Borough OKs new deal with Veolia to run treatment plant


By Andreas Yilma, Staff Writer

Naugatuck’s wastewater treatment plant. –RA ARCHIVE

NAUGATUCK — Borough officials have approved a new 20-year agreement with Veolia Water North America to operate the wastewater treatment plant.

The Board of Mayor and Burgesses and Water Pollution Control Authority both approved the deal this month. The new contract starts Aug. 15, 2022.

Veolia Water North America is an international company that provides water, waste and energy management services to municipalities and various industries.

Under the new contract, the borough will pay Veolia about $2.6 million annually to operate and maintain the facility at the end of Cherry Street. The borough will also pay $300,000 for chemical costs for phosphorous removal and $469,000 for a collection system fee each year.

Veolia will pay about $2.8 million annually in guaranteed rent under a lease agreement to operate the plant’s incinerator, which treats waste material and converts it into gases, particles and heat.

Veolia makes money from burning sludge in the incinerator. The contract includes a revenue-sharing arrangement. The company and the borough will share any revenue made after $9.1 million based on four tiers.

The first $300,000 will be split evenly. The borough will receive 40% of the revenue from $300,000 to $1 million.

The third tier divvies up revenues between $1 million to $2 million. The borough will get 25% of the first $500,000 in this tier and 35% of the second $500,000.

Both parties will evenly share profits above $2 million.

Attorney Tino West, who represented the borough in negotiations with Veolia, said the tiers are set up to incentivize Veolia to bring in more sludge.

“It also keeps us right in the game of receiving profit shares on each of the tiers all the way through,” West said.

Under the new agreement, the borough is expected to save about $630,000 annually, according to officials.

The contract also requires Veolia to bear costs up to $15 million for any changes in the law that result in the necessity to buy new equipment.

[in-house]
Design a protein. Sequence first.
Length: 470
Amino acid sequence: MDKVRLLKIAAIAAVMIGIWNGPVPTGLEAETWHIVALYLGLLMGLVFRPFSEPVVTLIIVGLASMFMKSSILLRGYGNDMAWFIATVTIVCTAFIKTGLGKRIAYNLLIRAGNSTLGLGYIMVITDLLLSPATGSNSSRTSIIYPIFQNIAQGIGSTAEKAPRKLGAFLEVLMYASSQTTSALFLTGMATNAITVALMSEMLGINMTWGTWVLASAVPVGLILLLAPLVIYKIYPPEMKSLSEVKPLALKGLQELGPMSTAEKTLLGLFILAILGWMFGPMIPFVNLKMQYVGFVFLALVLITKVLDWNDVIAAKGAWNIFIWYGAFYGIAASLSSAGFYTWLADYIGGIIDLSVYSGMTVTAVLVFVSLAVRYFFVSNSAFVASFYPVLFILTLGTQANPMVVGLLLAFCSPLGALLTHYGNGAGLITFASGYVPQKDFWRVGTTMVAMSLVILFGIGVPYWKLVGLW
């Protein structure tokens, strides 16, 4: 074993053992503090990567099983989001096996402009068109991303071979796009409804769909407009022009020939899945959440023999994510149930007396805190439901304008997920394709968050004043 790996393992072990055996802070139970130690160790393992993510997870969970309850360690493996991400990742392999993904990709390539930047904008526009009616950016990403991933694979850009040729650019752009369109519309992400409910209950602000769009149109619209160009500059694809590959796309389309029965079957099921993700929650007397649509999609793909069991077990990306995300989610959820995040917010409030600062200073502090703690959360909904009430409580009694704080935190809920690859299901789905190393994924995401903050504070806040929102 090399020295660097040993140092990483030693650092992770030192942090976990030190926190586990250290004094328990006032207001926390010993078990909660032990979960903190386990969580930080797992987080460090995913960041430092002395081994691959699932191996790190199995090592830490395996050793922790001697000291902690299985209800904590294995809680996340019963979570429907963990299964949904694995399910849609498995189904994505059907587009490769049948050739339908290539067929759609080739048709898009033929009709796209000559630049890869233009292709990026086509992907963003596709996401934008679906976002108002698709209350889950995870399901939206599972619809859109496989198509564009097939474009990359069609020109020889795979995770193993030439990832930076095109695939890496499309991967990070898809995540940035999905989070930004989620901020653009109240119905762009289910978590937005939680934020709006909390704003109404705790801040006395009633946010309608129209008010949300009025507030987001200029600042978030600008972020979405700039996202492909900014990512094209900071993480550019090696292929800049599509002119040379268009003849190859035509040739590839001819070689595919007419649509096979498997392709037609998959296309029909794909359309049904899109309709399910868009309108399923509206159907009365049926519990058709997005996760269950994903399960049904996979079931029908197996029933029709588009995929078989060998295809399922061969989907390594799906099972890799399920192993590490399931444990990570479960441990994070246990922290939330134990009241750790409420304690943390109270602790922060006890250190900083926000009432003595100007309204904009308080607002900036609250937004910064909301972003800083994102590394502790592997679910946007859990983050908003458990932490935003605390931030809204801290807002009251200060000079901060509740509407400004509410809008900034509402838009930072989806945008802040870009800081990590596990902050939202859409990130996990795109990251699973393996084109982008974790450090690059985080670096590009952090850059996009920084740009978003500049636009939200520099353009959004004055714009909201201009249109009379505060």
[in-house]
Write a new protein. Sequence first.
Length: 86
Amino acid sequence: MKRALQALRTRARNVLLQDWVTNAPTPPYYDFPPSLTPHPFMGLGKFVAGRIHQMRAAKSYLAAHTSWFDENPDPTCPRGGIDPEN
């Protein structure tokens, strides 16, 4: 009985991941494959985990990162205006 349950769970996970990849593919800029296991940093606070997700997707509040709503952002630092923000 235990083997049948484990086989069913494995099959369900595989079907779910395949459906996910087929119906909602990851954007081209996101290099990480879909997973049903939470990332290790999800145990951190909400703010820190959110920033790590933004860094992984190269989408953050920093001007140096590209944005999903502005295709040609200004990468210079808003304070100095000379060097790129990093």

“From my standpoint, keeping it just to the big picture, we have a good deal that’s a win-win for both sides,” Mayor N. Warren “Pete” Hess said.

The borough board and Board of Finance have also approved bonding up to $11 million for upgrades at the wastewater treatment plant and $22 million for the incinerator.

Public Works Director James Stewart said the upgrades include electrical improvements, new heat exchangers, repairs to the incinerator shell and storage tank covers.

Overall, Stewart said the new contract will save the borough money and stabilize the pricing of the facility for the next 20 years.

“It’s a very good deal with the borough,” Stewart said.

Controller Allyson Bruce said the borough will bond the $33 million all at once to take advantage of low interest rates. She said the borough will use earnings from the contract to pay off the bonds.

Veolia North America Municipal Water Division Chief Operating Officer Keith Oldewurtel said the company is grateful for the trust of borough officials in the company to continue running the facility.

“We are extremely pleased to continue our longstanding relationship with the city of Naugatuck and look forward to providing the local community with safe, reliable wastewater treatment services for the next 20 years,” he said.


  1. What is the percentage of what the town is paying in towards the operations/maintenance cost, the chemical expenses, and the collection system fee compared to what the company is paying?
    How does this factor into the return on profits? If at all?

    Can the people of Naugatuck see a full expense report?

    If the mill rate went up 4 points because the plant was shut down, why is the mill rate not going down 4 points now that the plant is resuming operations? Or is this not THAT good of a deal for the taxpayers of Naugatuck?